LATOYA: But then again, I come from a state where a kid died from a tooth abscess, just because of a lack of dental care, so maybe I'm just paranoid like that.
MEGAN: That was so sad! I remember that case. It's such an argument for expanding SCHIP coverage.
LATOYA: It actually did. They named the new dental bus thing we have after that kid, and it lead to Maryland increasing what dentists are paid with Medicaid so more dentists will accept poor patients. So while I would love to think we're immune to things like Malaria, TB, and other things we thought we cured, you never really know. Like TB — we're okay, and the rate is dropping in the US but there is some disturbing news about TB along the border and drug resistant strains in Latin America. Lorelei mentioned ""We're so stuck [in an old way of thinking] - the first thing we do is build a wall." (See Mexico). "There is a mentality that you can contain threats in today's world. And we have to realize we can't - it is no longer possible."
MEGAN: Well, no one argues that we cured malaria or TB, but malaria hasn't been an issue here in a really, really long time. But, I'm all for raising Medicare reimbursement rates, expanding SCHIP coverage, increasing medical research funds, all that stuff. We just don't have to tie it to terrorism to do it, I think.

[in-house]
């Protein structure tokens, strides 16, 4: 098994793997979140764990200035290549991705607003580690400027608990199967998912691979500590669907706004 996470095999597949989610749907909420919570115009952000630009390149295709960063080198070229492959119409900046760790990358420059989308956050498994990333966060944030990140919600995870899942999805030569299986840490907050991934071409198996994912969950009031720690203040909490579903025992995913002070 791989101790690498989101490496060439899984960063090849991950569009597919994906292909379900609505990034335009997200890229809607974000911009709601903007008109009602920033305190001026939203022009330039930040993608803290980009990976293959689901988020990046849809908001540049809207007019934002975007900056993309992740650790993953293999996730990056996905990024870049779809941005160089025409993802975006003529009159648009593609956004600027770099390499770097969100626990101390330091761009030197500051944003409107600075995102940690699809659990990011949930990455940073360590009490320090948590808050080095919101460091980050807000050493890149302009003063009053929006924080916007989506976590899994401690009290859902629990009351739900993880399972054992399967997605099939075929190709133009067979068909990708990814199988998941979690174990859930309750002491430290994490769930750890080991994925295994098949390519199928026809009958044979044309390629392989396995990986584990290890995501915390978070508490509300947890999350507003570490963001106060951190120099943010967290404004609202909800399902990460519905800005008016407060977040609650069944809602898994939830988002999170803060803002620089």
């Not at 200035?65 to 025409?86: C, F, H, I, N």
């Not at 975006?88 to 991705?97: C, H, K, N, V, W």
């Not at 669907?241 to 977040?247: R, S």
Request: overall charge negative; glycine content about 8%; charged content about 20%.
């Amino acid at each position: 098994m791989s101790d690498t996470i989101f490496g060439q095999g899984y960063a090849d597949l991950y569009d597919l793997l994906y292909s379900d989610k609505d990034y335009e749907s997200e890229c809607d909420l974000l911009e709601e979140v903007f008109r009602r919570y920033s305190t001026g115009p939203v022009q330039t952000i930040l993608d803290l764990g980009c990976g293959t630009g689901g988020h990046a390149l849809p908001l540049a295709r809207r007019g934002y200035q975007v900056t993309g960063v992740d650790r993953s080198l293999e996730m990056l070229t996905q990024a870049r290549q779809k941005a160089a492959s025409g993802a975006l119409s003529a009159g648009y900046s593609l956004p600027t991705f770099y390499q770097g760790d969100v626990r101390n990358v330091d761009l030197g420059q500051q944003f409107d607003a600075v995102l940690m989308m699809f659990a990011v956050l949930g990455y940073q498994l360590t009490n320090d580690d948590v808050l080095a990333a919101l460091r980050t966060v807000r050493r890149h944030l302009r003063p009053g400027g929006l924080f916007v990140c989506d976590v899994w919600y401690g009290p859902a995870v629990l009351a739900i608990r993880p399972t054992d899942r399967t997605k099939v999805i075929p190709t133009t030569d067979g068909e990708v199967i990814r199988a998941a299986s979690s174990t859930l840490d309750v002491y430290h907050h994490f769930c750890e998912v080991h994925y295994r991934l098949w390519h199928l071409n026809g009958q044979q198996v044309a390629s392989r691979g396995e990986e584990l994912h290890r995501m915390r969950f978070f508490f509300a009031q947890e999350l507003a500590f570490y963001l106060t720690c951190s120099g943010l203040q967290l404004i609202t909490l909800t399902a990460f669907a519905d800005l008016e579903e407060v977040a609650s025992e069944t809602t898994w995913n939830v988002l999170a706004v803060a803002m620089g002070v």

LATOYA: So we need to look at that. We may not have to tie it to terrorism, but the two agencies should work in tandem. Just like an increased TB risk may have something to do with securing our border with Mexico.
MEGAN: Drug-resistant diseases are sort of a scourge of health care, in part because so many people — particularly in the developing world where care is lacking —- don't finish their course of antibiotics, they stop taking it when they feel better or they take them when they don't need it. Of course, if we talk about drug resistant TB and securing the border, you know it will inflame prejudices when there's been exactly one case of a Mexico businessman who had it and came here and never infected anyone.
LATOYA: Very true. We also talked about the IMF/World Bank and the relationship between capitalism and democracy, but it's about that time Megan.
MEGAN: It is, but for whatever reason Breton Woods made me start singing the song "Norwegian Wood" in my head, so I will go hum that to myself while I post this.
LATOYA: And now, you made me think of Haruki Murakami. Now I just want to read instead of work.